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Research Spending & Results

Award Detail

Awardee:NORTH DAKOTA STATE UNIVERSITY
Doing Business As Name:North Dakota State University Fargo
PD/PI:
  • Benjamin J Laabs
  • (701) 231-6197
  • benjamin.laabs@ndsu.edu
Award Date:06/02/2020
Estimated Total Award Amount: $ 222,477
Funds Obligated to Date: $ 69,249
  • FY 2020=$69,249
Start Date:06/15/2020
End Date:05/31/2023
Transaction Type:Grant
Agency:NSF
Awarding Agency Code:4900
Funding Agency Code:4900
CFDA Number:47.050
Primary Program Source:040100 NSF RESEARCH & RELATED ACTIVIT
Award Title or Description:COLLABORATIVE RESEARCH: A TRANSPARENT-MIDDLE-LAYER COMPUTATIONAL AND DATA MANAGEMENT INFRASTRUCTURE FOR SYNOPTIC APPLICATIONS OF COSMOGENIC-NUCLIDE GEOCHEMISTRY
Federal Award ID Number:1948186
DUNS ID:803882299
Parent DUNS ID:803882299
Program:GEOINFORMATICS
Program Officer:
  • Steven Whitmeyer
  • (703) 292-8552
  • swhitmey@nsf.gov

Awardee Location

Street:Dept 4000 - PO Box 6050
City:FARGO
State:ND
ZIP:58108-6050
County:Fargo
Country:US
Awardee Cong. District:00

Primary Place of Performance

Organization Name:North Dakota State University Fargo
Street:P.O. Box 6050
City:Fargo
State:ND
ZIP:58108-6050
County:Fargo
Country:US
Cong. District:00

Abstract at Time of Award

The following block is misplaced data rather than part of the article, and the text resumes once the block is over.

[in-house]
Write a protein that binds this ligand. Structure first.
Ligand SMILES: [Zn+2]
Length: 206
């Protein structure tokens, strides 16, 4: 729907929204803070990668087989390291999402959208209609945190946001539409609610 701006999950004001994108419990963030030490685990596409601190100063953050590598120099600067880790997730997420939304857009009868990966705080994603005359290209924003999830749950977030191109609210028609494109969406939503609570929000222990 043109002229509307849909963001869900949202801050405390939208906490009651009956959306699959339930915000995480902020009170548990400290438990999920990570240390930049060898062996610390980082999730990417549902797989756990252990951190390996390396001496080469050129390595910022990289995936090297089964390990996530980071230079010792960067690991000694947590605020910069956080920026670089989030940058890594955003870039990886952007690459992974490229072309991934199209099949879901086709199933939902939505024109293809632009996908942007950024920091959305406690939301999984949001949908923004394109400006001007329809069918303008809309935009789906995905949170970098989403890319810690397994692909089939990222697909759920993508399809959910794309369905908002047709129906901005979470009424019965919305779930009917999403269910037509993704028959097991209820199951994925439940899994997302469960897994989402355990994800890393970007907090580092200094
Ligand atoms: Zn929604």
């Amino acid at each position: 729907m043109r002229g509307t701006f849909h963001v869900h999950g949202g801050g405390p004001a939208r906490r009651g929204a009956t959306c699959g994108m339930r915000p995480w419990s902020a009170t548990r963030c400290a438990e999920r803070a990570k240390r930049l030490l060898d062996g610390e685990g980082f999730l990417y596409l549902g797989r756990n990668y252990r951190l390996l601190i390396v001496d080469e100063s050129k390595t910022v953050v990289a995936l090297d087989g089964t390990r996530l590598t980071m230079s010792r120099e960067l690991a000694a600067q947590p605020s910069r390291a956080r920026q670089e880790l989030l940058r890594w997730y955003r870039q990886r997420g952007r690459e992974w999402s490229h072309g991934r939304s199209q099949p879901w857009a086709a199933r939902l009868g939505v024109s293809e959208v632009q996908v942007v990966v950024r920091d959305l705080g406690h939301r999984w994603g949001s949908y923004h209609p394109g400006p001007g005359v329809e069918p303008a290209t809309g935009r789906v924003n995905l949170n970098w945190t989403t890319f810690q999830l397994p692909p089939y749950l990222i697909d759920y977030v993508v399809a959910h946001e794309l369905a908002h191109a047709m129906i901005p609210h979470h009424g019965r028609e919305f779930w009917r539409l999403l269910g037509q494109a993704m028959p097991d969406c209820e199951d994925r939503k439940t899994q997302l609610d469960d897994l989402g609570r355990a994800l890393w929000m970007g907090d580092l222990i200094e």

This project will develop computational and data management knowledge and infrastructure to enable global-scale applications of cosmogenic-nuclide geochemistry. Cosmogenic-nuclide geochemistry is a geologic dating method that is widely used to study geologic processes active at the Earth's surface, including, for example, glacier and ice sheet change, erosion and sedimentation, tectonic deformation, and earthquake size and frequency. Cosmogenic-nuclide geochemistry does not directly measure the age of a deposit, but instead relies on geochemical properties of rocks and sediments that change over time and thus have some relation to age. Interpreting the geochemical measurements as a precise, geologically-useful age requires a series of calculations and associated data, which themselves are the subjects of active research. Thus, any synthesis of data collected in different places or at different times requires constant recalculation of ages from a growing data set of raw geochemical observations, using a continually improving method. This project focuses on developing a cyberinfrastructure system that automates calculations and makes them transparent to users interested in analysis of large data sets, and training Earth science researchers and students in how to use the system. Overall, the goal is to improve the ability of Earth science researchers to use geochronological data to study Earth surface processes. The project will develop a transparent middle-level computational infrastructure for cosmogenic-nuclide geochronology, based on a prototype that has been successful in trial applications. The resource will automate middle-level calculations, allow continual assimilation of data and improvement of calculation methods, and allow users to focus on large-scale data analysis. This research will involve: 1. expansion and professionalization of the existing prototype, 2. support for new research and education applications that involve analysis or visualization of large data sets; and 3. engagement and training of researchers and students aimed at embedding transparent middle-level concepts and infrastructure into research workflows. Overall, the aim is to build the computational infrastructure, and the community of researchers who are able and motivated to use it, that is necessary to move the field from single, site-specific investigations toward regional and global syntheses of rapidly growing data sets. In addition, elements of this project focus on integrating Earth science research and education, including: 1. a users-as-co-developers strategy for engagement and project guidance, 2. a strategy of incorporating synoptic analysis and data visualization into undergraduate teaching resources, and 3. a program of training Earth science researchers and students in computational and geospatial skills. Integrating cyberinfrastructure development into undergraduate and graduate Earth science education will build a community of students and researchers who are better prepared to succeed in both Earth science and other fields, as well as building the capability to link small-scale field research to the broader regional- or global-scale data set of similar observations. Innovative aspects of this project may provide models for enabling scientific investigation through cyberinfrastructure development in other areas of Earth science. This project is jointly funded by the Geoinformatics and the Geomorphology and Land Use Dynamics programs in the Division of Earth Sciences, as well as the Office of Polar Programs. This award reflects NSF's statutory mission and has been deemed worthy of support through evaluation using the Foundation's intellectual merit and broader impacts review criteria.

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